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oval to procure the indictment of Lee for treason. General Lee at once appealed to General Grant. His first communication was verbal, and was made through Mr. Reverdy Johnson, who acted as the legal adviser of Lee; he came to see me to learn Grant's feeling. I ascertained that Grant was firm in his determination to stand by his own terms, and so informed Mr. Johnson. Grant, however, thought that Lee should go through the form of applying for pardon, in order to indicate his complete submission. Lee, though entirely willing to make the application, was anxious to be assured in advance that Grant would formally approve it. General Ord, then in command in Richmond, made known this feeling of Lee to Grant, through General Ingalls, and Grant directed me to assure Mr. Reverdy Johnson of his readiness to indorse Lee's application favorably. Accordingly Lee forwarded two papers of the same date, one an application for pardon in the prescribed form, and the other a statement of the propo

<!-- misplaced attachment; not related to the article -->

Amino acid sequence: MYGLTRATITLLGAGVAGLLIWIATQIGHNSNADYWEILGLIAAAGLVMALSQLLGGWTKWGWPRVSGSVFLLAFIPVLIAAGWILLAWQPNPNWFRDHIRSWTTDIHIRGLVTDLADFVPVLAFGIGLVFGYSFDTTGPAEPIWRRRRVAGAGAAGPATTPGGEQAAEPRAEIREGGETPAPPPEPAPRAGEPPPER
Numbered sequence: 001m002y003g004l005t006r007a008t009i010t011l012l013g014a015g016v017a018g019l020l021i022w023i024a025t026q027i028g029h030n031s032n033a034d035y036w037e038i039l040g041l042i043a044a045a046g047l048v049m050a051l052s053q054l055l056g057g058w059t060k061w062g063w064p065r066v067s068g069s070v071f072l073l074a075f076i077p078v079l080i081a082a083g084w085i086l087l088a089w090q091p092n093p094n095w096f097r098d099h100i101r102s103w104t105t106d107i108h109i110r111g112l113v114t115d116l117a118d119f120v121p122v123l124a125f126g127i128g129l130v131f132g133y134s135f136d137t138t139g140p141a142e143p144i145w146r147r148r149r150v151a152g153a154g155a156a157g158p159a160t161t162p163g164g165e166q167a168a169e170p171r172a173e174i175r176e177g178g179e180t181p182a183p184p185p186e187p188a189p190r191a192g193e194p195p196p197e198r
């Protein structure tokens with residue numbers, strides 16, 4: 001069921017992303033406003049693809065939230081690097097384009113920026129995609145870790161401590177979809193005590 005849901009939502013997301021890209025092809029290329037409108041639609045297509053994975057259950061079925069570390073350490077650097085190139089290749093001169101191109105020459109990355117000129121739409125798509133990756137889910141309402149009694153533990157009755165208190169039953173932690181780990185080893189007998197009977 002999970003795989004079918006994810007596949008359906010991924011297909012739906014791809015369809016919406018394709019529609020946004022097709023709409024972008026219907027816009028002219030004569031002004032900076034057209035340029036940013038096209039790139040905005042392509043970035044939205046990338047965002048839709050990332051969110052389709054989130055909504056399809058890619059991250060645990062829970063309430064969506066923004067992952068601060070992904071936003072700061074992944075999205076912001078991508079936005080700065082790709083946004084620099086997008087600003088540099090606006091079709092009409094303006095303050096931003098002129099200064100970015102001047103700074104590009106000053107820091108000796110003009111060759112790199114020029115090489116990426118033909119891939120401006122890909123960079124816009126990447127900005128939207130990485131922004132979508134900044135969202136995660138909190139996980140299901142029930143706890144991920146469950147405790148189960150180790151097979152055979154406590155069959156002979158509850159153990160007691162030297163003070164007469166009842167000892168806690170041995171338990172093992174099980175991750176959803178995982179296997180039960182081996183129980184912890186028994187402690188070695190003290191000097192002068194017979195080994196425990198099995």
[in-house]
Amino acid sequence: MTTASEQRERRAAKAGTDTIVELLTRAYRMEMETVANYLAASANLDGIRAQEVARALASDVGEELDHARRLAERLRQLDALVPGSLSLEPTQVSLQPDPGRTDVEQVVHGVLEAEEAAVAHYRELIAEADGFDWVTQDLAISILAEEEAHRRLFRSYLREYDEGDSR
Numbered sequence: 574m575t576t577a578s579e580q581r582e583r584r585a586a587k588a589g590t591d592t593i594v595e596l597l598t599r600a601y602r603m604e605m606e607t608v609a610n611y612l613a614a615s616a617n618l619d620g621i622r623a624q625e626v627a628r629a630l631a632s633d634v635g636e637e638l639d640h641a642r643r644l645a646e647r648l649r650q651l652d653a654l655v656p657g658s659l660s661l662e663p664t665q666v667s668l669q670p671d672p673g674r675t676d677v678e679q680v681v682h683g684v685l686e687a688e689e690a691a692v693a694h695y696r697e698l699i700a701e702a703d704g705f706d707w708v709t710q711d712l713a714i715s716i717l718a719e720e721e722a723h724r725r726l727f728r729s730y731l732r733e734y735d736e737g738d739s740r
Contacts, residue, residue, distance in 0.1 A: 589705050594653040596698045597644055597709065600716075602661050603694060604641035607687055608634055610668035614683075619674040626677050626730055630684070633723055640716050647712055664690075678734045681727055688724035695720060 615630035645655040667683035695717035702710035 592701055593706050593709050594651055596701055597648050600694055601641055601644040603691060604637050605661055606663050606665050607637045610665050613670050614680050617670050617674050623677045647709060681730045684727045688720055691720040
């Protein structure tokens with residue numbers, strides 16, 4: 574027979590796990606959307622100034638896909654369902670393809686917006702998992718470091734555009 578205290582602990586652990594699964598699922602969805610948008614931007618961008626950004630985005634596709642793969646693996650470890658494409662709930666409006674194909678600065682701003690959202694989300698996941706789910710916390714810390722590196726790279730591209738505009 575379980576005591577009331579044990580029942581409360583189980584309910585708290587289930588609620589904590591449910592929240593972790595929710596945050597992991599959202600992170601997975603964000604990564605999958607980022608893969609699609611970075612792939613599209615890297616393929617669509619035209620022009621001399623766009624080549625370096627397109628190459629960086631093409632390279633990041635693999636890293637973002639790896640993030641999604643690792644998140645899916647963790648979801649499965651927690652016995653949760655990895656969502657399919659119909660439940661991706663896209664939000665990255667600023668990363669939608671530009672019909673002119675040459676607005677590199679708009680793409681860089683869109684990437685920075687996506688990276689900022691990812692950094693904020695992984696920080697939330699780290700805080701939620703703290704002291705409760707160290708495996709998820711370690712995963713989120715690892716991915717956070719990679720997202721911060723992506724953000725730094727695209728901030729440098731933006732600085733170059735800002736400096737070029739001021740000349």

in accord with his views than Grant. The Hon. Reverdy Johnson also saw the President and recommendee had given all the necessary notification to Johnson of his course. I was with him, with other sthad occurred. He declared that he had told Mr. Johnson that on no account could he consent to holdould not be satisfied with Grant's decision. Johnson indeed was always slow in arriving at a decisnstantaneous in action when the crisis came. Johnson could even now not determine what to do; he dnt. Grant positively denied the assertion of Johnson and Johnson induced three of his Cabinet Minitration he manifested the same feeling toward Johnson's Secretary of the Treasury. McCulloch had rred no loss. The heated discussion between Johnson and Grant is historical. Letters of an extrainduce Grant to take the step that he asked. Johnson had constantly flattered himself that he couday it is probable that he would have visited Johnson again, for he was profoundly anxious to tranq[7 more...]